Navigating the First Steps of UX Research: Crafting Your Research Plan

Embarking on a UX research journey is akin to setting sail on a quest for undiscovered treasures. And, as with any voyage, you need a well-thought-out plan to chart your course. In the world of user experience (UX) research, this plan is your guiding star, helping you uncover valuable insights that will shape your design decisions. In this article, we will delve into the crucial first step of UX research: planning your study.

Setting the Foundations: Project Background and Research Goals

Every journey begins with a purpose. In your research plan, the first two elements are the project background and research goals. The project background serves as your compass, answering the fundamental question of why this research is essential. It need not be an elaborate history but a concise explanation of what prompted the research. For instance, “We’re developing a new app to facilitate dog walker bookings. Our aim is to assess the user experience in finding and scheduling dog walkers.”

Research goals act as your destination points. They help you define what design problems you aim to solve and how the research results will influence your design choices. An example of a research goal could be, “Determine if the dog walker app is user-friendly, as it impacts user retention.”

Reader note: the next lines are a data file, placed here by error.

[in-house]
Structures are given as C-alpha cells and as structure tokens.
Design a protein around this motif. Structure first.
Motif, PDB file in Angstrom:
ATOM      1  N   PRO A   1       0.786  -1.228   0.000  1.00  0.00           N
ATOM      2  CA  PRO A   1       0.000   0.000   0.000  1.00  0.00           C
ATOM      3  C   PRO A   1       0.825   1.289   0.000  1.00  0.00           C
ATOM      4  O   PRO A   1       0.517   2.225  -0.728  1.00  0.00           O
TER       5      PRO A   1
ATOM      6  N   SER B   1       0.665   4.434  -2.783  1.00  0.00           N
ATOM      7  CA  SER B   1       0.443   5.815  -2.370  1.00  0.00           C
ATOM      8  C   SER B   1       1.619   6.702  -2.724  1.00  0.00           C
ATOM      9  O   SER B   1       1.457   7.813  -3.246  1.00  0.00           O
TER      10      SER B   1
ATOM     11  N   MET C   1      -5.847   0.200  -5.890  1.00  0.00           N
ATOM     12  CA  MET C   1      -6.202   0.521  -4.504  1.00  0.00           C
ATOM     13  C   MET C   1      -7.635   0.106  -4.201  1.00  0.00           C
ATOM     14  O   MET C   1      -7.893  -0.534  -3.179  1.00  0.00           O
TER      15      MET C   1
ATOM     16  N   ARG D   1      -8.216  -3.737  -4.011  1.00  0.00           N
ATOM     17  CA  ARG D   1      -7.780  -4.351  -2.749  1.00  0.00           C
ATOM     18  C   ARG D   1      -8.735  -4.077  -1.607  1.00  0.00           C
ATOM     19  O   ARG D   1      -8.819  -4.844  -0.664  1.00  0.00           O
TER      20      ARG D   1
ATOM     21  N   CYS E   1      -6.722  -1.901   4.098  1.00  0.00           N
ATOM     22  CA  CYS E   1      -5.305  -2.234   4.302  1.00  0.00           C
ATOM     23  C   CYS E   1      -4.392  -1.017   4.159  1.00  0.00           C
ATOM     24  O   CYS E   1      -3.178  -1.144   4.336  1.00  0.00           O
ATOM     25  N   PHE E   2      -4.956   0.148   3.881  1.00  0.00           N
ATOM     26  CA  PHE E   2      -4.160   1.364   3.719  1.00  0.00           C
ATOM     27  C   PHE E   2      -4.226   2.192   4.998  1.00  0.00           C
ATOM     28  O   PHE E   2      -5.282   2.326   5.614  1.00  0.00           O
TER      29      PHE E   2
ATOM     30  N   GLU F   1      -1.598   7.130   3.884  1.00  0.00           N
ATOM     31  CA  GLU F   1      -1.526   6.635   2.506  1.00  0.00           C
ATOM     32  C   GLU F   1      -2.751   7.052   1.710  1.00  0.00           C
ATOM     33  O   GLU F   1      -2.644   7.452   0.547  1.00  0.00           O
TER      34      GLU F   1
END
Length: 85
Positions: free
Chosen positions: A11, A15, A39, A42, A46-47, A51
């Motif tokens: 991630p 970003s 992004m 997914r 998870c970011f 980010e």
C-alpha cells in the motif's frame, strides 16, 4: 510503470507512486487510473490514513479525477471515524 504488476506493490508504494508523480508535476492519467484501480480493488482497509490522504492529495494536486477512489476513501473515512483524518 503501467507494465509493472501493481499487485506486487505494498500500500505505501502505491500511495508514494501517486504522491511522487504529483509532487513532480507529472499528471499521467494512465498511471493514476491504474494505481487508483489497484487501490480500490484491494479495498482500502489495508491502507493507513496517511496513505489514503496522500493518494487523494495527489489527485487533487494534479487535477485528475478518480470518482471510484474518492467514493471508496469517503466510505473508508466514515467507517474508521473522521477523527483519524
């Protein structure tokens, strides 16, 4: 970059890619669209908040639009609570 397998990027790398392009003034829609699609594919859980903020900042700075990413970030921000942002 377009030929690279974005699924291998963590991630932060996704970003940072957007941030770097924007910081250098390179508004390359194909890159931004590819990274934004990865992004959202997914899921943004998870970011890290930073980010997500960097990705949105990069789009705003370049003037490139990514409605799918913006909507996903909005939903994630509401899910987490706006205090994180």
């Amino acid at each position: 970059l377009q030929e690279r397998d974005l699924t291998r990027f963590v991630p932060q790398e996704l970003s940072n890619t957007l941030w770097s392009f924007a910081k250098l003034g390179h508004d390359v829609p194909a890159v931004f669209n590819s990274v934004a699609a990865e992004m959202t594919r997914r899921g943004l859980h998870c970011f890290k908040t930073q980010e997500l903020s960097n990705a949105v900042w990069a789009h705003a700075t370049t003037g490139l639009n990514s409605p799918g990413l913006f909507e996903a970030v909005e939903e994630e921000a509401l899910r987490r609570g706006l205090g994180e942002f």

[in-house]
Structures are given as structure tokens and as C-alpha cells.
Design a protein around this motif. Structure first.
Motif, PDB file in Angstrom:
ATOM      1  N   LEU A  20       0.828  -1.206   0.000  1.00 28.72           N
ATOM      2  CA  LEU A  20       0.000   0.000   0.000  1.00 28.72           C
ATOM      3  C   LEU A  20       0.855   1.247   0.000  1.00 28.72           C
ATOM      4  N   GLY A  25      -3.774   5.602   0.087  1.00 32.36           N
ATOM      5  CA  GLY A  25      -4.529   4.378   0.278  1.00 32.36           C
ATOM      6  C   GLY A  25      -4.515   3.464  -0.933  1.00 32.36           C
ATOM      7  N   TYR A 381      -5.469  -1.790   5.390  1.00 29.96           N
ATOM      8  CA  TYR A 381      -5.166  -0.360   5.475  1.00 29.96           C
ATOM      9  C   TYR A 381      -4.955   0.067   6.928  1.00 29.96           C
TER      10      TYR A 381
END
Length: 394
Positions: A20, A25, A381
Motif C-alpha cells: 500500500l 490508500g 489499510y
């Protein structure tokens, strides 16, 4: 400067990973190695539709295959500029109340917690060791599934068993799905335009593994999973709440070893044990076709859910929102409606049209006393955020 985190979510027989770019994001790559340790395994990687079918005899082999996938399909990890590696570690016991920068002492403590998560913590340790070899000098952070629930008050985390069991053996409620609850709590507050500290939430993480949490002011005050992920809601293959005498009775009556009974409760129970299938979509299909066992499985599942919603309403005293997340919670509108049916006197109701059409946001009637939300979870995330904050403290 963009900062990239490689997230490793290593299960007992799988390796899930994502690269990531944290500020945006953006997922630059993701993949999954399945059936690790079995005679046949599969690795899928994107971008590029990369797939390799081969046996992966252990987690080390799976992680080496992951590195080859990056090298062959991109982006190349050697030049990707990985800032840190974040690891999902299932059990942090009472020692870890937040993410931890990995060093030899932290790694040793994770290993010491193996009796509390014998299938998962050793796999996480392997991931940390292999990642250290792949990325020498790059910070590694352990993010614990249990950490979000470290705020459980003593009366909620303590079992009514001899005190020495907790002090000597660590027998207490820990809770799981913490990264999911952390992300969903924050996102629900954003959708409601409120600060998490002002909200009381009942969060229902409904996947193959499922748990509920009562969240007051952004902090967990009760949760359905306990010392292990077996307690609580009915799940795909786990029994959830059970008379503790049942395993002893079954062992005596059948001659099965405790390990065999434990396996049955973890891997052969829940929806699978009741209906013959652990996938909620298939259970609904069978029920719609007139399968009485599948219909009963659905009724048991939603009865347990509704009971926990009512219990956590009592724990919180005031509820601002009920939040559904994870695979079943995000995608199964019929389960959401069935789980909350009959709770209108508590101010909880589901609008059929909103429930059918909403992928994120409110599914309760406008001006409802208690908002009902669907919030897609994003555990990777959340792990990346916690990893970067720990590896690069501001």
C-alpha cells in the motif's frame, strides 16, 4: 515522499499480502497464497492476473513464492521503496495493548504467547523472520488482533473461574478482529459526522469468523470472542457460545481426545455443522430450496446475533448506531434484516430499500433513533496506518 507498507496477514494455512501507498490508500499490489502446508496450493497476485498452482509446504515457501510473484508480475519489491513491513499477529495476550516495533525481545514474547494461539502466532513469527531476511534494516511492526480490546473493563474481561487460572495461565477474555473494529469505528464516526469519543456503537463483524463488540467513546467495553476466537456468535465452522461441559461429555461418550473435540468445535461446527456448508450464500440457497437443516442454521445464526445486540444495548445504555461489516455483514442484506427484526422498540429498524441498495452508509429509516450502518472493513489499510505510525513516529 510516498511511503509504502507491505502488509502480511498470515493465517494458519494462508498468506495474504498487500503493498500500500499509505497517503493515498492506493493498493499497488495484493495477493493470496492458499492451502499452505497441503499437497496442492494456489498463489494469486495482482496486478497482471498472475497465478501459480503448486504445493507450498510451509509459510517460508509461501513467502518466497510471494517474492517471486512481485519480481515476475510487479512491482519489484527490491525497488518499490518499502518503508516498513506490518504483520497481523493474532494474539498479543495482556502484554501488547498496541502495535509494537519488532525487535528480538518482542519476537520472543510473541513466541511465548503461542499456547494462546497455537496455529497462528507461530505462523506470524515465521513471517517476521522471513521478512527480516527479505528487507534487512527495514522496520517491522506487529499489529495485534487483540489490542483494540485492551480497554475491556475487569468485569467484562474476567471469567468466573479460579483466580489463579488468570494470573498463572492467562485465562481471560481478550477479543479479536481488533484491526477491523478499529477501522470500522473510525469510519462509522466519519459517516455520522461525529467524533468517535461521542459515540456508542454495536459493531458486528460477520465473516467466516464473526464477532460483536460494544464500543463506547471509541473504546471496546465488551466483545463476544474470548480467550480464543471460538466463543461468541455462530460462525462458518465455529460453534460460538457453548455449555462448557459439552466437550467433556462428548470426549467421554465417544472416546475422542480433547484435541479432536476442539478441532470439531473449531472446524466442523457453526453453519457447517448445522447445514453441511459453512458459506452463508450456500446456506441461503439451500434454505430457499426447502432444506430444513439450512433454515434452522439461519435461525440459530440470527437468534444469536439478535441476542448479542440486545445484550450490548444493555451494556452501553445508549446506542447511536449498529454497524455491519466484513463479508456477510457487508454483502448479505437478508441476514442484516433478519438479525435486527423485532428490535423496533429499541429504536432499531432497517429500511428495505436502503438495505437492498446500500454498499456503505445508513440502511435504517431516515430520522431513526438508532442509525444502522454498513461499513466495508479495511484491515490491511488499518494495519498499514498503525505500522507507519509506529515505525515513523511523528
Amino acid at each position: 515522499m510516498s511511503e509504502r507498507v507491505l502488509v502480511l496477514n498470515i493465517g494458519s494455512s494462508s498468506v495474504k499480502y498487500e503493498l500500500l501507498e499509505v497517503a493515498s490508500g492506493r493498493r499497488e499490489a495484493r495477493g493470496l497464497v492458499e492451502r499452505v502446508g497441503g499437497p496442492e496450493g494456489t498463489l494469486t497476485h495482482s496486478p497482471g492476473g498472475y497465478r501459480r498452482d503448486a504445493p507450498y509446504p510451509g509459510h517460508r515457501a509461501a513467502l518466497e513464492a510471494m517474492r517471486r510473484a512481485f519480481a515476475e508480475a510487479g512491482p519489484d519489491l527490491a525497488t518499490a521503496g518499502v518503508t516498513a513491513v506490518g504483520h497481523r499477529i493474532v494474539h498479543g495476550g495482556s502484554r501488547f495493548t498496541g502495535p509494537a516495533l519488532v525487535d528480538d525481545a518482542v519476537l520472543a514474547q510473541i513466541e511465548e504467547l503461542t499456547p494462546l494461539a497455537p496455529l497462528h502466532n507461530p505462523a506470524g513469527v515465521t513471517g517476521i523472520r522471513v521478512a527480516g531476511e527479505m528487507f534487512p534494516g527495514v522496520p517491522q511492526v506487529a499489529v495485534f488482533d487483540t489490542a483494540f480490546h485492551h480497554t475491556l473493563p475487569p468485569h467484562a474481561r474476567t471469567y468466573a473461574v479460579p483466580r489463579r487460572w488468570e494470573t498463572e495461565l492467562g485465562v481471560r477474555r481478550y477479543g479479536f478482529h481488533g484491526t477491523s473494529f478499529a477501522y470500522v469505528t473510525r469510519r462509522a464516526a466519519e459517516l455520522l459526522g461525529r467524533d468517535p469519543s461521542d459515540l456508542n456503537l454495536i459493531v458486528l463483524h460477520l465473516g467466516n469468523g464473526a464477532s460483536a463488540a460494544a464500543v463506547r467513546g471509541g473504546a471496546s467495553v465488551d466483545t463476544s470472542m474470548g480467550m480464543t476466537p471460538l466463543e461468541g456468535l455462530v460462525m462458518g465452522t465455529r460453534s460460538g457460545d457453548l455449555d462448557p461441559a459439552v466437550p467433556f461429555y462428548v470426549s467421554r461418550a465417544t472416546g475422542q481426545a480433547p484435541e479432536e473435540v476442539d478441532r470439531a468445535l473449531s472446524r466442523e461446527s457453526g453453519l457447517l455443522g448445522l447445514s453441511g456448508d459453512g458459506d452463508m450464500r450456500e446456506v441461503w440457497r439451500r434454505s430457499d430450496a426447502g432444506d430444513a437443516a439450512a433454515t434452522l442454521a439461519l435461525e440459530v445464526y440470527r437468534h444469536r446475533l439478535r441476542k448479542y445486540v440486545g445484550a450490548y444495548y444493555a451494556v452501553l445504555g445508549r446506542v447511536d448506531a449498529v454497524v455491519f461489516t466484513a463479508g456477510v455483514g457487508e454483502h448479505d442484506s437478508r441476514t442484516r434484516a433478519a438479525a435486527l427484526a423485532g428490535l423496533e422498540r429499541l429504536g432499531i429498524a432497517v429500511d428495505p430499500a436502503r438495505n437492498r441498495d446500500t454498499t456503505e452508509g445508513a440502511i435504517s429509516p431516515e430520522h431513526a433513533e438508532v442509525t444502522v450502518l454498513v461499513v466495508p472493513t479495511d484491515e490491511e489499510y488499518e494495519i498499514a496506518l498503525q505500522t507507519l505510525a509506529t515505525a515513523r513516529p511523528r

Unveiling the Path: Detailed Research Questions and Key Performance Indicators (KPIs)

Now that you’ve set your destination, it’s time to plan your route. Detailed research questions form the roadmap for your study. They clarify what specific insights you’re seeking. For instance, “How long does it take for a user to find and book a dog walker in the app?” and “What can we learn from the user flow in booking a dog walker?”

Key Performance Indicators (KPIs) are the mile markers along your journey, measuring your progress towards your research goals. They help you gauge the success of your research. For instance, you might track the percentage of users who successfully book a dog walker.

Selecting Your Methodology and Participants

The methodology is the vessel that carries you through your research. It outlines the steps you’ll take to collect and analyze data. In our example, conducting a survey of prospective users is the chosen methodology. You’ll also need to decide how you’ll analyze the data, such as using spreadsheets to identify trends.

Your participants are your fellow travelers on this research voyage. Select them carefully, ensuring they align with your research goals. However, beware of sample bias, as exemplified by the 1936 Literary Digest presidential election prediction. Choose participants who represent the diversity of your user base, ensuring your findings aren’t skewed.

Guiding the Journey: The Script or Discussion Guide

Just as a map guides explorers through uncharted territories, your script or discussion guide directs your research participants. These are the questions you’ll ask them as they interact with your product. Craft specific questions that address your KPIs. For instance, you could inquire, “Did you encounter any challenges when trying to book a dog walker in the app?”

With these seven elements – project background, research goals, detailed research questions, KPIs, methodology, participants, and script – your research plan is complete. It serves as your compass, charting a course towards insights that will inform your UX design decisions. In the world of UX research, planning is your anchor, ensuring you navigate smoothly toward your destination.


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